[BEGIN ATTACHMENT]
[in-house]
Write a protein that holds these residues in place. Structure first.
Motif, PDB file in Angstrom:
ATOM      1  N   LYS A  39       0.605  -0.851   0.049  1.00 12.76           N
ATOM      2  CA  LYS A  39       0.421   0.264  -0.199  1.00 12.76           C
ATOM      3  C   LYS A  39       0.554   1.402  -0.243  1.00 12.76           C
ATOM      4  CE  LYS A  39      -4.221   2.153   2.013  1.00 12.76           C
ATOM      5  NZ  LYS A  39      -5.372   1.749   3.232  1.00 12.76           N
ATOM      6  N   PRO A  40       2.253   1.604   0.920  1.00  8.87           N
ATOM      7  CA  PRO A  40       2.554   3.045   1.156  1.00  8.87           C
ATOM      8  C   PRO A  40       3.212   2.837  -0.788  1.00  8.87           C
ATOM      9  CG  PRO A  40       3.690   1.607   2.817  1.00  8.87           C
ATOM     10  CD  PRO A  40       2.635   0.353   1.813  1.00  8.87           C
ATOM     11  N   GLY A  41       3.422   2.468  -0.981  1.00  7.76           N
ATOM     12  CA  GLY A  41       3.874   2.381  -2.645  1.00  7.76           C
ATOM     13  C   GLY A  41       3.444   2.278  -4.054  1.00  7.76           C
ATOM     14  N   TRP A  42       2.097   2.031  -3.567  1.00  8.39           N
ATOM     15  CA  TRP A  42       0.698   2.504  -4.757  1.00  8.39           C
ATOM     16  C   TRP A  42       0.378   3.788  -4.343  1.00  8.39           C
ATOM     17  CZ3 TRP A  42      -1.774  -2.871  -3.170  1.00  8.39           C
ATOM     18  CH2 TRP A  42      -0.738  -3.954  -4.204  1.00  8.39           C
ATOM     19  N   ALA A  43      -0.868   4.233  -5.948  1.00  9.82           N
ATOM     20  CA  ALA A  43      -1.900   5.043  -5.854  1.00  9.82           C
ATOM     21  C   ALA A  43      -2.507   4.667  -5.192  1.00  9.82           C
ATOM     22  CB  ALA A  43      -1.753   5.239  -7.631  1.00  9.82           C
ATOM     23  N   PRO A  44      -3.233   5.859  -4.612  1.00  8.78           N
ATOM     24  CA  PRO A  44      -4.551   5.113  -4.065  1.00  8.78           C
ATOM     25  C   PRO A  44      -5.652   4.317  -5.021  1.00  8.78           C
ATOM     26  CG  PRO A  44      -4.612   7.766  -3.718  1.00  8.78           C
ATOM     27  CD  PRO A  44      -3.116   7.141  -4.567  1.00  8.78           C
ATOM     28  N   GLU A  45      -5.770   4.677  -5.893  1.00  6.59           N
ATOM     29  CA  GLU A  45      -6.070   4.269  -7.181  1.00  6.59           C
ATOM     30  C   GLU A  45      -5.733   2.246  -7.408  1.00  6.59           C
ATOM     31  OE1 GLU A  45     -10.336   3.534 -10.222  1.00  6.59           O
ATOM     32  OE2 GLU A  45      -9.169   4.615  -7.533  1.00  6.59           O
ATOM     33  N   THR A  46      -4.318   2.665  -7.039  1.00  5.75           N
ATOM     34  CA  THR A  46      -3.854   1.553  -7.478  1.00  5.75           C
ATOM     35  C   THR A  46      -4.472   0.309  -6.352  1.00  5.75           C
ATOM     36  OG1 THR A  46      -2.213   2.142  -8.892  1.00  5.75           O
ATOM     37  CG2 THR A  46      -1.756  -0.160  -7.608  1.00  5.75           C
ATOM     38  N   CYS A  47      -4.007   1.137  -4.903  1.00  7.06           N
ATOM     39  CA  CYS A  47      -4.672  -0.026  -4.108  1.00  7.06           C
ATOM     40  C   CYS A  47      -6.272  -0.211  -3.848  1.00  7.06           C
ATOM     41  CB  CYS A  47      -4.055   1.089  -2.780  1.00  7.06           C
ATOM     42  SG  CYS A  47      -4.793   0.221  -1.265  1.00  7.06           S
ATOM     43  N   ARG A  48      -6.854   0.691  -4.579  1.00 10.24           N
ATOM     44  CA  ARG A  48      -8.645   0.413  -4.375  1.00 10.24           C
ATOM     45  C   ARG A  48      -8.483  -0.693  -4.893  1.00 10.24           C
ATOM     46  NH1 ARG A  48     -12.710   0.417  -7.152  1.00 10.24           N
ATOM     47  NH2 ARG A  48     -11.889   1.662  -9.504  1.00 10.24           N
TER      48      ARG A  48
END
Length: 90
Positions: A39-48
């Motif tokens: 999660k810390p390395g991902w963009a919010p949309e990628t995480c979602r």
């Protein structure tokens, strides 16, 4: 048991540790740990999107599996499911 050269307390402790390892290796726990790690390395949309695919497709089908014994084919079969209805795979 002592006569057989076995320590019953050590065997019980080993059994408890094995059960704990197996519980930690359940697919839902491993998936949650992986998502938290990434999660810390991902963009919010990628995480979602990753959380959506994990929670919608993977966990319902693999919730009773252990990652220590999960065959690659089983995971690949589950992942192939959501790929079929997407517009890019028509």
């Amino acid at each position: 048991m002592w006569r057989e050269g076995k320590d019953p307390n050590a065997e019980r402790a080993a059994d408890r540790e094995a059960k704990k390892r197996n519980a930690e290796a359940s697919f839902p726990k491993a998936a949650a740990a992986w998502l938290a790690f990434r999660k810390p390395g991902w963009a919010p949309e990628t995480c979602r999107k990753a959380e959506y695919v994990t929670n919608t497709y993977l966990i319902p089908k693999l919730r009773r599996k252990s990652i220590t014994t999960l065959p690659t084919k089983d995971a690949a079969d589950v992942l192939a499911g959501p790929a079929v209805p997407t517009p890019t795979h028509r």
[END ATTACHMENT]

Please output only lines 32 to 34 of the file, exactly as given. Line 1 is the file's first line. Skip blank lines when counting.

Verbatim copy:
ATOM     29  CA  GLU A  45      -6.070   4.269  -7.181  1.00  6.59           C
ATOM     30  C   GLU A  45      -5.733   2.246  -7.408  1.00  6.59           C
ATOM     31  OE1 GLU A  45     -10.336   3.534 -10.222  1.00  6.59           O